School site housing and leisure plans generate dozens of objections
- Credit: TATEHINDLE ARCHITECTS
Proposals to transform a former high school site into new housing and a sports hub have generated dozens of objections - with neighbours labelling the project an "overdevelopment".
People living around the old Deben High School at Felixstowe say the scheme will dominate the area, and there will be loss of privacy due to overlooking, and a severe lack of car parking.
Both Felixstowe Town Council and conservation group the Felixstowe Society are calling for the plans to be rejected.
East Suffolk Council has lodged the proposals for the redundant 10-acre school site in Garrison Lane, to be transformed with 45 apartments and 16 houses.
The school's original assembly hall would be converted into a community space, and its sports hall into a new home for Felixstowe Indoor Bowls Club, while the playing fields would be converted into a cricket hub with a new pavilion.
There will be 61 parking spaces for the 61 homes, plus 137 bike racks. The number of parking spaces is below parking standards and residents fear it will lead to parking in surrounding streets and even on busy Garrison Lane.
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Felixstowe Town Council welcomes the overall concept and principle of development for the site but says "certain aspects are of great concern" and is particularly concerned about height, massing, and intrusion with an increase in overlooking of homes around the land.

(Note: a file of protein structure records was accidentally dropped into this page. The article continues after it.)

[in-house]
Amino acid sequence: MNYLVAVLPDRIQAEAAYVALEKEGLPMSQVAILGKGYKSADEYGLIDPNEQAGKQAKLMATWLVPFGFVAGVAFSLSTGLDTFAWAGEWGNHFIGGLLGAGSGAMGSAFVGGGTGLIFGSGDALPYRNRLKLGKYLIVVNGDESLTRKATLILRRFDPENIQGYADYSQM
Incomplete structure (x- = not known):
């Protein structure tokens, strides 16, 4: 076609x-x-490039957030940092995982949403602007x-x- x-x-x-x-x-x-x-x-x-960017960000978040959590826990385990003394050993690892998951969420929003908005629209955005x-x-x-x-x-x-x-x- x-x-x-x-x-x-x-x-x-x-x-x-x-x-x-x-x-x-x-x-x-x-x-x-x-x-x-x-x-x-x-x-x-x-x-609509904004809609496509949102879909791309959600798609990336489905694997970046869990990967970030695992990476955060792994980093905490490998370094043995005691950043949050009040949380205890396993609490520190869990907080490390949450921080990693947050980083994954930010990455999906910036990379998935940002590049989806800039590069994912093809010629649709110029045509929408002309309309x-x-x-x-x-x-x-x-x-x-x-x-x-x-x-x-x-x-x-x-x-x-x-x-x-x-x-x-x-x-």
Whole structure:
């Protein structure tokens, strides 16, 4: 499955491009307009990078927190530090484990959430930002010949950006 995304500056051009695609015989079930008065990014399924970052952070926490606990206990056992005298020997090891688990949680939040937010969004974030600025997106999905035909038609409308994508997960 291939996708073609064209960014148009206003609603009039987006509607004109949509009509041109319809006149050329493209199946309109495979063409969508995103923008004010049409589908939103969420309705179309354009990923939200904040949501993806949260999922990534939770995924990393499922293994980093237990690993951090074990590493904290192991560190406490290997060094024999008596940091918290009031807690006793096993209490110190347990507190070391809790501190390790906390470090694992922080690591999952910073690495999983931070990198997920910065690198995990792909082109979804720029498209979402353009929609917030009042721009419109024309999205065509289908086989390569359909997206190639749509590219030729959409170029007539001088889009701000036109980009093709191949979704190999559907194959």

The Felixstowe Society calls the design a "stark housing block" that is "wholly out of keeping" with the character of the area, an overdevelopment of the site with inadequate parking.
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East Suffolk Council planned to begin demolition of the old Deben High buildings this spring with work on the new homes starting in the autumn.
It says the new homes would be built to Passivhaus standards, compromising 32 affordable rented, 10 shared ownership and 19 open market homes, which equates to a 69% affordable homes contribution.
The homes would be eco-friendly, energy efficient with reduced running costs to address the issue of fuel poverty and help towards climate change targets.
The council, which has already increased the number of parking spaces from 46 to 61 following residents' concerns, said the site was close to bus routes, and a 10-minute walk to the rail station and town centre and the design encouraged walking and cycling.
Architects Tatehindle, on behalf of the council, said: "As around 20% of residents in urban areas do not own cars, the site is close to amenities and an ideal location to reduce car usage."